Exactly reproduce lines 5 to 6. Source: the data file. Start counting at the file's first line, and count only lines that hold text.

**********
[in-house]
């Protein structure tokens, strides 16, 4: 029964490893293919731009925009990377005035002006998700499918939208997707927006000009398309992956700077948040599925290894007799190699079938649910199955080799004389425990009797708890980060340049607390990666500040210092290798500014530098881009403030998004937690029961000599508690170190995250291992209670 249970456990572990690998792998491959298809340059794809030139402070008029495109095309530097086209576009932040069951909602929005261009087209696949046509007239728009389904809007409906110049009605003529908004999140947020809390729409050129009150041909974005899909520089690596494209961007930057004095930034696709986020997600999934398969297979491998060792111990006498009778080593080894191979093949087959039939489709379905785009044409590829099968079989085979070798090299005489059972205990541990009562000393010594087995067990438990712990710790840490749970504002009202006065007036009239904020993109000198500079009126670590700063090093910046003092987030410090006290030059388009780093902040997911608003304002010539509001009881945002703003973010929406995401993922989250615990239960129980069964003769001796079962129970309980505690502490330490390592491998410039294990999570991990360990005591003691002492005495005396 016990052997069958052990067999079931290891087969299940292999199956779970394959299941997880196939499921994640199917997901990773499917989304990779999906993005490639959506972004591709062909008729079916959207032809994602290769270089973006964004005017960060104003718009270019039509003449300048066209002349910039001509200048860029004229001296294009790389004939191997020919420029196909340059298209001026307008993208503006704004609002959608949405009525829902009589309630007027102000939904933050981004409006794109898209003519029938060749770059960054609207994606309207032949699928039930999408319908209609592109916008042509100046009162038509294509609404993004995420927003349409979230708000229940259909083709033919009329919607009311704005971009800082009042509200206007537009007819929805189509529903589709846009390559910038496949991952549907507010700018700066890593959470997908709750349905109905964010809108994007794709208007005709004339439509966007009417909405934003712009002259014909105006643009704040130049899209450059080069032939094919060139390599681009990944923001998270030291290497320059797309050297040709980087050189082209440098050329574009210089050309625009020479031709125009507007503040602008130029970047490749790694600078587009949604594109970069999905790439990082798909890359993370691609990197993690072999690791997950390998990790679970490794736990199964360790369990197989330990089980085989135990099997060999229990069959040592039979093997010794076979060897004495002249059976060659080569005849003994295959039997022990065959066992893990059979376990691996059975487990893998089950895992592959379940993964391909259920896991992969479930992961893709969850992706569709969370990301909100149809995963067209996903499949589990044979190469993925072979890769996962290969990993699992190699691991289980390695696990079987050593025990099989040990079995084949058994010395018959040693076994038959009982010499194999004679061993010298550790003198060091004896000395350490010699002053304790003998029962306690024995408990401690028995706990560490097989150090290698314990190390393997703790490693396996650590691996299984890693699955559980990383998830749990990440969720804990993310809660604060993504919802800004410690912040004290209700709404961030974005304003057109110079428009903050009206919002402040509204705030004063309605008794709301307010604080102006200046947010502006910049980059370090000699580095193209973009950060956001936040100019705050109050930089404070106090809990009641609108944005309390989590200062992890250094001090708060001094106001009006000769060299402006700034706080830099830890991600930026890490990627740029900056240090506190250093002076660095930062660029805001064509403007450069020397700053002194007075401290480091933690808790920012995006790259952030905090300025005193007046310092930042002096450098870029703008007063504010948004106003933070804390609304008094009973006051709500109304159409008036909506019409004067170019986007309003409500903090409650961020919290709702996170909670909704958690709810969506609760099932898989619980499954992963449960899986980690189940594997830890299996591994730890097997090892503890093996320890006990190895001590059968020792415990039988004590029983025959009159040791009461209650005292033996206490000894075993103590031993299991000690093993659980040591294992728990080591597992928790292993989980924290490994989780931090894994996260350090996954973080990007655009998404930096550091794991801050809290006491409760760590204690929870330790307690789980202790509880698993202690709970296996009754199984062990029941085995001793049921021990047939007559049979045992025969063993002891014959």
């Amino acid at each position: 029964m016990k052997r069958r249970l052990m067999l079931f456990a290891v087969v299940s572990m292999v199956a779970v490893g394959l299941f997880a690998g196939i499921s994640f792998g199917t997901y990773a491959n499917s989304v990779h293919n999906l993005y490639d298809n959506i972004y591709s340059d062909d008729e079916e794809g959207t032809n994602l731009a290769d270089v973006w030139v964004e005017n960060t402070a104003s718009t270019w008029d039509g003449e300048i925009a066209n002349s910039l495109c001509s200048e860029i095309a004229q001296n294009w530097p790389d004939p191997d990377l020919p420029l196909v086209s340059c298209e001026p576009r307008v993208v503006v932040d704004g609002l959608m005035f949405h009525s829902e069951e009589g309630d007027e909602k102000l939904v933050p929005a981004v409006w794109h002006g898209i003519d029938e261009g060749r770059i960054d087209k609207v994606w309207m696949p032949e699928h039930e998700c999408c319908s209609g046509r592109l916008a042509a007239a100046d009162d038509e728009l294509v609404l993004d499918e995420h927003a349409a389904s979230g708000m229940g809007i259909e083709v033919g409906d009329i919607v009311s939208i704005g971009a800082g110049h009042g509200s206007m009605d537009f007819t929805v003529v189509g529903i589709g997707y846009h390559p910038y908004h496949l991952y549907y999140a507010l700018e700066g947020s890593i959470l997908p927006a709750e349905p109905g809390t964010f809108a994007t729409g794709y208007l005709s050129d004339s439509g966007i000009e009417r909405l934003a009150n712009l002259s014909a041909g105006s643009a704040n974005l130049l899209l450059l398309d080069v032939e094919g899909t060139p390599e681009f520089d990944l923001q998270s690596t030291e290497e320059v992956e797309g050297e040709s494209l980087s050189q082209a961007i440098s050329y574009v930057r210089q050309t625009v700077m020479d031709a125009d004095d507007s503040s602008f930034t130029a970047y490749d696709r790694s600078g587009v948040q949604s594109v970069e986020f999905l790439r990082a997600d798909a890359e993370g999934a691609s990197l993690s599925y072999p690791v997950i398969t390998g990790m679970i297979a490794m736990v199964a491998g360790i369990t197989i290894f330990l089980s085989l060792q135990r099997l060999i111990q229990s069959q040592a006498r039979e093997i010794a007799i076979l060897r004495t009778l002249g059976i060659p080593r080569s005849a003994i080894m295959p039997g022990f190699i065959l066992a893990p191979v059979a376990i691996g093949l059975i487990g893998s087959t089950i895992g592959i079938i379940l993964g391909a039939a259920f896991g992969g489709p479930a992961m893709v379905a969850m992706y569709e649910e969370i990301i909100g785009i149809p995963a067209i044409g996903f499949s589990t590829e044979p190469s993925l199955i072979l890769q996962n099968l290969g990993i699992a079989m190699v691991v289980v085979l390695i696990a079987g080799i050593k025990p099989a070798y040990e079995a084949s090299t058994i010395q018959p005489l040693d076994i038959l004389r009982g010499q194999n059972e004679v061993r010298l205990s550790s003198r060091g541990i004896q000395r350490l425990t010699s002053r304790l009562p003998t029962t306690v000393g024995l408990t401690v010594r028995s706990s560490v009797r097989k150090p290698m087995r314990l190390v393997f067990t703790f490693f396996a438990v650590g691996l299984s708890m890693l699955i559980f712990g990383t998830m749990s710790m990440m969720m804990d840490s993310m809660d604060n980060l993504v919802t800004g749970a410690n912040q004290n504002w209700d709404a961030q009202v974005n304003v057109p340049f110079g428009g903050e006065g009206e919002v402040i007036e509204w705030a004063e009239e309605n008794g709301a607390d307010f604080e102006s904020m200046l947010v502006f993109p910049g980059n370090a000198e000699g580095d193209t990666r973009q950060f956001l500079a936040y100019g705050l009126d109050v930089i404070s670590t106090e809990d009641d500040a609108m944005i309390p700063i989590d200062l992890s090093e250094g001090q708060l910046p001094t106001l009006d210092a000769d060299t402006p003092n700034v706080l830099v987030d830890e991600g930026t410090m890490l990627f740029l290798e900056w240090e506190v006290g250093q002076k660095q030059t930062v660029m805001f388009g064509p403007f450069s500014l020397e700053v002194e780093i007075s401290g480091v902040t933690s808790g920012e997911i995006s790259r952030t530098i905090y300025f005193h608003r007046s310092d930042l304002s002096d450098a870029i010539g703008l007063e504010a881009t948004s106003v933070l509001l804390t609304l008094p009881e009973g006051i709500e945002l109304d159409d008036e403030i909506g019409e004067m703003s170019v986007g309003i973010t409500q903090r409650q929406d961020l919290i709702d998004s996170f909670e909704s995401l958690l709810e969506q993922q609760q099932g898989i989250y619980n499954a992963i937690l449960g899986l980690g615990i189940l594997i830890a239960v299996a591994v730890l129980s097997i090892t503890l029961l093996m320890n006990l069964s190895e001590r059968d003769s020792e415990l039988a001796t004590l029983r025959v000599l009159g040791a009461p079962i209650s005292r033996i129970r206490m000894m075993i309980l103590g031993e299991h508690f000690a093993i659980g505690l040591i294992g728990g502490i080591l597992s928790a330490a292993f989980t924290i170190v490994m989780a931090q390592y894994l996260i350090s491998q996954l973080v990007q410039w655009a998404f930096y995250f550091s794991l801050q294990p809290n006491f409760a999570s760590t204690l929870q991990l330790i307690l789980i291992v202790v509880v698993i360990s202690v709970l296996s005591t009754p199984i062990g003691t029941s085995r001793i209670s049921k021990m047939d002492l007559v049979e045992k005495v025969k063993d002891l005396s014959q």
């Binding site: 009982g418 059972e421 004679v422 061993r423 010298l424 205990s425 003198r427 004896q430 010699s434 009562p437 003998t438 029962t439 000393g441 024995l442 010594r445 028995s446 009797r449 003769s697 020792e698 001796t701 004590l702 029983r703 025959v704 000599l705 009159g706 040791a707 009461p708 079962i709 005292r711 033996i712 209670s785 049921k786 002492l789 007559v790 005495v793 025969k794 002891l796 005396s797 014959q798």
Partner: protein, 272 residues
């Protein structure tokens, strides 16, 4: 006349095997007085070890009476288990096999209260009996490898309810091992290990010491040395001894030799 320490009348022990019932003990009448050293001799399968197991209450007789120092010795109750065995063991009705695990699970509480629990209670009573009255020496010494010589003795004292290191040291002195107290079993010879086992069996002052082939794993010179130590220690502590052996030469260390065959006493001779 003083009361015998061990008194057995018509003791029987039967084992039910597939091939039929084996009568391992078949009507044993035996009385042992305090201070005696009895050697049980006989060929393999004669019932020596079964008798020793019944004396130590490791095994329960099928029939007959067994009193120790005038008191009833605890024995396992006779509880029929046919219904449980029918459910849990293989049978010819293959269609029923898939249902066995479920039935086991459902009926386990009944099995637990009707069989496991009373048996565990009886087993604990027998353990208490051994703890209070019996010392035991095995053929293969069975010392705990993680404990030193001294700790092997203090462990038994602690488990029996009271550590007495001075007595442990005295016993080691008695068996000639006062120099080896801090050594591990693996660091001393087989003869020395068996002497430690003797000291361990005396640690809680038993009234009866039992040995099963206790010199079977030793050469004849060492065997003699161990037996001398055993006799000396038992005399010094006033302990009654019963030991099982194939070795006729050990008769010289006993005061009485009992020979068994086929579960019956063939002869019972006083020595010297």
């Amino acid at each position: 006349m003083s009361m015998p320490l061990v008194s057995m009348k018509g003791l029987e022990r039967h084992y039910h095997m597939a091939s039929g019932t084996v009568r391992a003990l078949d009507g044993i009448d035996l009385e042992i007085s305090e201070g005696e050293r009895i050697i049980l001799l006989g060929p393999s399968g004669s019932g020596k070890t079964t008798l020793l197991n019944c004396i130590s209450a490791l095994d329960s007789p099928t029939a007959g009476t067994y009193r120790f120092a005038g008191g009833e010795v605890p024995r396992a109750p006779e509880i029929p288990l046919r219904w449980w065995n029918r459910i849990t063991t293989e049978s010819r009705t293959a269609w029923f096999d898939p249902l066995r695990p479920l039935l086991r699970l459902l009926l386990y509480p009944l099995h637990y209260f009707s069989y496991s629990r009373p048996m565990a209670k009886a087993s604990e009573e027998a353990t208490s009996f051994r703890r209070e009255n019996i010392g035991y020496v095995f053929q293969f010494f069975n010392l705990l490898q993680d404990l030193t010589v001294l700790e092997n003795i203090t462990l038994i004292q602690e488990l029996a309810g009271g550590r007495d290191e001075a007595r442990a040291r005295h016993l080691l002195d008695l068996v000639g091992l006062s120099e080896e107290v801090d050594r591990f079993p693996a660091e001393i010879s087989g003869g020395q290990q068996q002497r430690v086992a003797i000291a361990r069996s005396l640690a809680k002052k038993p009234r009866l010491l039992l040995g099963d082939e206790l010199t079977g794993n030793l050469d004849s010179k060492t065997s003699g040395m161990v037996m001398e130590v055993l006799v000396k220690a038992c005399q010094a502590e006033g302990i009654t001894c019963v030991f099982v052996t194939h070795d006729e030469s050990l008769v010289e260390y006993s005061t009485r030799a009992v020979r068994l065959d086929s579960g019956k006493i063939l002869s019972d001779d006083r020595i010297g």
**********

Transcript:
Partner: protein, 272 residues
């Protein structure tokens, strides 16, 4: 006349095997007085070890009476288990096999209260009996490898309810091992290990010491040395001894030799 320490009348022990019932003990009448050293001799399968197991209450007789120092010795109750065995063991009705695990699970509480629990209670009573009255020496010494010589003795004292290191040291002195107290079993010879086992069996002052082939794993010179130590220690502590052996030469260390065959006493001779 003083009361015998061990008194057995018509003791029987039967084992039910597939091939039929084996009568391992078949009507044993035996009385042992305090201070005696009895050697049980006989060929393999004669019932020596079964008798020793019944004396130590490791095994329960099928029939007959067994009193120790005038008191009833605890024995396992006779509880029929046919219904449980029918459910849990293989049978010819293959269609029923898939249902066995479920039935086991459902009926386990009944099995637990009707069989496991009373048996565990009886087993604990027998353990208490051994703890209070019996010392035991095995053929293969069975010392705990993680404990030193001294700790092997203090462990038994602690488990029996009271550590007495001075007595442990005295016993080691008695068996000639006062120099080896801090050594591990693996660091001393087989003869020395068996002497430690003797000291361990005396640690809680038993009234009866039992040995099963206790010199079977030793050469004849060492065997003699161990037996001398055993006799000396038992005399010094006033302990009654019963030991099982194939070795006729050990008769010289006993005061009485009992020979068994086929579960019956063939002869019972006083020595010297």